4. Design changes: One of my least favorites when not subject to testing! Often times, websites roll out design changes at the whim of some executive, or to simply “update” the look and feel of the site/brand. Often, these changes are made without the benefit of controlled experimentation. When this is the case, there may be unintentional impacts on conversion rate. Sorry.
  5. Tracking/measurement changes: Whether it’s tracking tags being stripped off of pages, or changes to how web analytics filters and profiles are set up, or a new definition of how a metric is calculated, these issues can impact the reporting of conversion rate, if not the performance of the site. When you see “overnight” fluctuations in conversion rate, this type of issue may be the culprit!
  6. Seasonality: This could be traffic patterns and purchase behaviors throughout the week (e.g. more sales on Sunday evenings). Or, it could be at the more macro level of the year-long calendar (think Holiday shopping or tax preparation). Either way, these trends are sometimes mistaken as true changes in business performance. In these cases, web analytics date ranges can be your friend, e.g. week-over-week comparison or year-over-year.
  7. World/geopolitical events: Our sites and businesses don’t operate in vacuums. World news, geopolitical events, or even changes in pop culture media can influence how people convert or don’t. This may be more or less important depending on your business, but don’t overlook it when investigating your data.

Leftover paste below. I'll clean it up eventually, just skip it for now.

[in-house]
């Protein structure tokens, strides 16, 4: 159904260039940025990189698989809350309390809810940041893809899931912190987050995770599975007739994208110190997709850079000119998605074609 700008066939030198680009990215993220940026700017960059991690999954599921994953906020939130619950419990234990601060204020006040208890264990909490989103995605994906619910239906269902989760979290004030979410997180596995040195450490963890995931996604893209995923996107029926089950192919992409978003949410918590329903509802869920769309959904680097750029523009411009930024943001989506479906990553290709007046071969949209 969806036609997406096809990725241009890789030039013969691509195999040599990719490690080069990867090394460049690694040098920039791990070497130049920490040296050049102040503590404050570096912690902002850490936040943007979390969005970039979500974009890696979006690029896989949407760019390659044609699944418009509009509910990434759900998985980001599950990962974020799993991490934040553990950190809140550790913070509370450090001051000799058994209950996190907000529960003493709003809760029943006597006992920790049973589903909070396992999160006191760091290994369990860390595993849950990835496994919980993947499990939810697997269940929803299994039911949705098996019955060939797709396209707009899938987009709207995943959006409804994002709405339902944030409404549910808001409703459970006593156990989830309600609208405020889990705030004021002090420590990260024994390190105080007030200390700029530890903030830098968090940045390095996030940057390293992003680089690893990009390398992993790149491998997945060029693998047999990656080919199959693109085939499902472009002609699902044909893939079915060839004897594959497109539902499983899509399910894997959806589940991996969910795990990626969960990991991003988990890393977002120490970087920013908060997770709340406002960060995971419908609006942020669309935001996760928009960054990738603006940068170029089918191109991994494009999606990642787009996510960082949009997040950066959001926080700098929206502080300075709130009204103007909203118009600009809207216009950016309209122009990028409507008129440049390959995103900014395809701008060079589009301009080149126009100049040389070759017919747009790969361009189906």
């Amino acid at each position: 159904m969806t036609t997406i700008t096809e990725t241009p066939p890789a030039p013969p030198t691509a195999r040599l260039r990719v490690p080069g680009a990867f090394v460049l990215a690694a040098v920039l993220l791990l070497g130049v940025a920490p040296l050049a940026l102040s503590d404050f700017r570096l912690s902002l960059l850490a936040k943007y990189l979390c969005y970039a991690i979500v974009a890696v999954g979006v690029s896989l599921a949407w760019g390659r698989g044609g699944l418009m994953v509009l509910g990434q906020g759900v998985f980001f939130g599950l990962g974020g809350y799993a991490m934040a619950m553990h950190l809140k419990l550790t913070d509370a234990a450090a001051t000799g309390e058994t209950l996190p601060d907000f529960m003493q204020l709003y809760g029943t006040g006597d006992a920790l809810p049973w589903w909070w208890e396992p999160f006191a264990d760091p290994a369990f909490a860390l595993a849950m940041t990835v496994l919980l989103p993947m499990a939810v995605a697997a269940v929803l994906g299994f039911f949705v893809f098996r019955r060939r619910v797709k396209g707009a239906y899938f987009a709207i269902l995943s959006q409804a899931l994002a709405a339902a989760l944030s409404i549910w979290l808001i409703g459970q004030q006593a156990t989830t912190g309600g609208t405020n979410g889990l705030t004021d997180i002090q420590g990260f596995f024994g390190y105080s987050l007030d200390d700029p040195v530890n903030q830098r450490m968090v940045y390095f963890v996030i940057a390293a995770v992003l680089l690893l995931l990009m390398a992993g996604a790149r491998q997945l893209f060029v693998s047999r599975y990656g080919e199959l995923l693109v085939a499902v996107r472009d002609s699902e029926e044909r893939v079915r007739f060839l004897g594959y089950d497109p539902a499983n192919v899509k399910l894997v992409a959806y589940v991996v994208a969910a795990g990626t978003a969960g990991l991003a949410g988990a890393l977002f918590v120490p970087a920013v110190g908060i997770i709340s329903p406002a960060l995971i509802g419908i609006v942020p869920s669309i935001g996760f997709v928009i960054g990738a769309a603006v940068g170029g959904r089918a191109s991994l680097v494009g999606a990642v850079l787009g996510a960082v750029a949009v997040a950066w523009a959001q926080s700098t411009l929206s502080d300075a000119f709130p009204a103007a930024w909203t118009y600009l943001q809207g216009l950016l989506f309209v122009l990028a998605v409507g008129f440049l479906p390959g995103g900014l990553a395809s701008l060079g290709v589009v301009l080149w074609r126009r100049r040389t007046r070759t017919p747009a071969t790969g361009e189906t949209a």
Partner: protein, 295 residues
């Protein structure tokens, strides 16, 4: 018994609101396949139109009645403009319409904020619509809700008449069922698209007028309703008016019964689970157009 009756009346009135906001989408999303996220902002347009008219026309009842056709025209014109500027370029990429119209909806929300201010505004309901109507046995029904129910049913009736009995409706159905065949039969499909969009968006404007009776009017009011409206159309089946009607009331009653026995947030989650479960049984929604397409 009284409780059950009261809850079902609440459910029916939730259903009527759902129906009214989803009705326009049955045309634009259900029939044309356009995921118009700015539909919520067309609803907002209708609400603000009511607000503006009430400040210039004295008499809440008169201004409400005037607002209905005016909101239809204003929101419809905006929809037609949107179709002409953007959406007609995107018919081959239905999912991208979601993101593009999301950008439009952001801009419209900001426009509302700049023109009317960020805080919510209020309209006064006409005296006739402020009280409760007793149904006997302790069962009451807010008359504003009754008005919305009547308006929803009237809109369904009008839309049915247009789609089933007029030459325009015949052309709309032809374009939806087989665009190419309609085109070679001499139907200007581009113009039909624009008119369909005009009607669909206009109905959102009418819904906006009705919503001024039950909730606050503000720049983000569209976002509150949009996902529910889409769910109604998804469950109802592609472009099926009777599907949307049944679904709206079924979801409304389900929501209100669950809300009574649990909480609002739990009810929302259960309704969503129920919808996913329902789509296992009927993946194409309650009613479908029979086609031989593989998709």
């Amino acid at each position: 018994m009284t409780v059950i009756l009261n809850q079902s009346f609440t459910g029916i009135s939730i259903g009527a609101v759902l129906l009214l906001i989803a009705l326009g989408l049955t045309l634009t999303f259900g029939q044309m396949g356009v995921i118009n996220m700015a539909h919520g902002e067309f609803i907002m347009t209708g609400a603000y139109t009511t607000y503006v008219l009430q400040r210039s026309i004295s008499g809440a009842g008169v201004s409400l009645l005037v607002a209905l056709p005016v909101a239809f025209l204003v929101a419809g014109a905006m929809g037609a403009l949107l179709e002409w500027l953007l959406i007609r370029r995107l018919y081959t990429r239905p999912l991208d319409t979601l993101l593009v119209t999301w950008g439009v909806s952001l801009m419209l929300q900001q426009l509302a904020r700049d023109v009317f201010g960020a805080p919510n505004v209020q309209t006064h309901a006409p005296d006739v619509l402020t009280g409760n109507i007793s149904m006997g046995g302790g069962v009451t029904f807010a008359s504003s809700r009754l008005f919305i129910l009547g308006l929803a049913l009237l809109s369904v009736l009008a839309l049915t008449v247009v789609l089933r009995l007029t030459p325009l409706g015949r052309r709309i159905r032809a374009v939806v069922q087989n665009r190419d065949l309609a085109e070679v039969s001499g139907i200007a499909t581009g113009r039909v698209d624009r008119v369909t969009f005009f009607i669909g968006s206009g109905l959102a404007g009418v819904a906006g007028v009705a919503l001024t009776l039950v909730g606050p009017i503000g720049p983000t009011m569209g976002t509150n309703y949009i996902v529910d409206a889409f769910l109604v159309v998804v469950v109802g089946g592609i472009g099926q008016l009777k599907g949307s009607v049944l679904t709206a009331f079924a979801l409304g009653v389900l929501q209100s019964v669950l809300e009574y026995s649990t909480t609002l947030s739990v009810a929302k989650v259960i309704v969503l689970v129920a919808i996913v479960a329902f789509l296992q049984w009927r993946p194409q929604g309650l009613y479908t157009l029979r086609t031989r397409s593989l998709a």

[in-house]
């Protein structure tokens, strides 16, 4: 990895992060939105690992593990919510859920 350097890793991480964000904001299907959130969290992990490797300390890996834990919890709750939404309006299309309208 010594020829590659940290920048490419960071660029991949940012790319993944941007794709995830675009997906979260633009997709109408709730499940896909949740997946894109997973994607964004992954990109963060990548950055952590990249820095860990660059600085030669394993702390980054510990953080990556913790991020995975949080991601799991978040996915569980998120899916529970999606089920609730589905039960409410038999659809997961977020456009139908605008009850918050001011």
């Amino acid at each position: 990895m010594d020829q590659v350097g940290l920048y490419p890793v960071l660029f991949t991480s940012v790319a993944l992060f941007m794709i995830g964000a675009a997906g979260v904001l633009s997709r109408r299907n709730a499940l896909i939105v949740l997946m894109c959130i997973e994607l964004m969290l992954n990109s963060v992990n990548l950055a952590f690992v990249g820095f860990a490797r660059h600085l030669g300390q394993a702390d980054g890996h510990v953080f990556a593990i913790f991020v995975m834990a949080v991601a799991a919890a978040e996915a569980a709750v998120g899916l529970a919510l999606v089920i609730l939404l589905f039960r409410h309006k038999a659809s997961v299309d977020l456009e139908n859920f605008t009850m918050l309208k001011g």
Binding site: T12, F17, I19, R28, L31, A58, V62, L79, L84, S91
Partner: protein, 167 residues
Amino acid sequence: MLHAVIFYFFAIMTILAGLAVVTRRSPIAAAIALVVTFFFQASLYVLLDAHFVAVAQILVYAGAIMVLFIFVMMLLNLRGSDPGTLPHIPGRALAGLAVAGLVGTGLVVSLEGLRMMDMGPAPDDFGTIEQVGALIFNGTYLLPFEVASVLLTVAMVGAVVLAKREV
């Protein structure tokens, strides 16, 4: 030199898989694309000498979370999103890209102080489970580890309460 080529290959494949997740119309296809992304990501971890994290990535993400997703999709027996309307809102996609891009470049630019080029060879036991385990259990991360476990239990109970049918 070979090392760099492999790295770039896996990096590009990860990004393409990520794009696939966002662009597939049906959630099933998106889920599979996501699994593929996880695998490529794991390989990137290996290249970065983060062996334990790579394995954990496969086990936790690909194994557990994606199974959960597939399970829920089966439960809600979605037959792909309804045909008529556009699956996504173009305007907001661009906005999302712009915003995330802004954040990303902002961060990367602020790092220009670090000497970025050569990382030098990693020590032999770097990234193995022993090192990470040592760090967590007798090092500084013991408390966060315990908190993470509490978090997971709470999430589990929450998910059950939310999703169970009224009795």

8. Random chance: Despite how trend lines appear, your customers aren’t faceless blobs of flesh that behave in predictable ways over time. Quite the contrary – they are as unique as snowflakes or fingerprints (or QR Codes). They behave in “predictably irrational” ways, to quote a famous book title. The averages that our data shows us on dashboards hide a huge amount of random, mysterious behavior that we’ll never be able to understand. As such, your conversion rate might just bounce around a bit for no good reason!
  9. Low traffic volume = noise: If you’re Amazon.com, fluctuations in conversion rate are going to be averaged out by the massive scale of your online business. If you have less traffic than Amazon, your data will be “noisier,” and the ups and downs of your conversion rate will be more dramatic, e.g. a 20% drop instead of a 0.20% drop. If your daily volume of conversions is on the low end, you’ll need to set expectations that deviations from the KPI are going to be commonplace. If I buy from you tomorrow instead of today, I might cause that scary dip in your main KPI 😉

In conclusion, paying attention to Conversion Rate is great. Freaking out about its expected fluctuations is not cool. Be diligent in your data analysis, and you’ll learn what causes those blips and bumps in the spark line. If people are giving you grief, try a few of the 9 reminders above to frame the conversation in a sane, data-driven way.

Did I miss any other good causes of KPI fluctuations?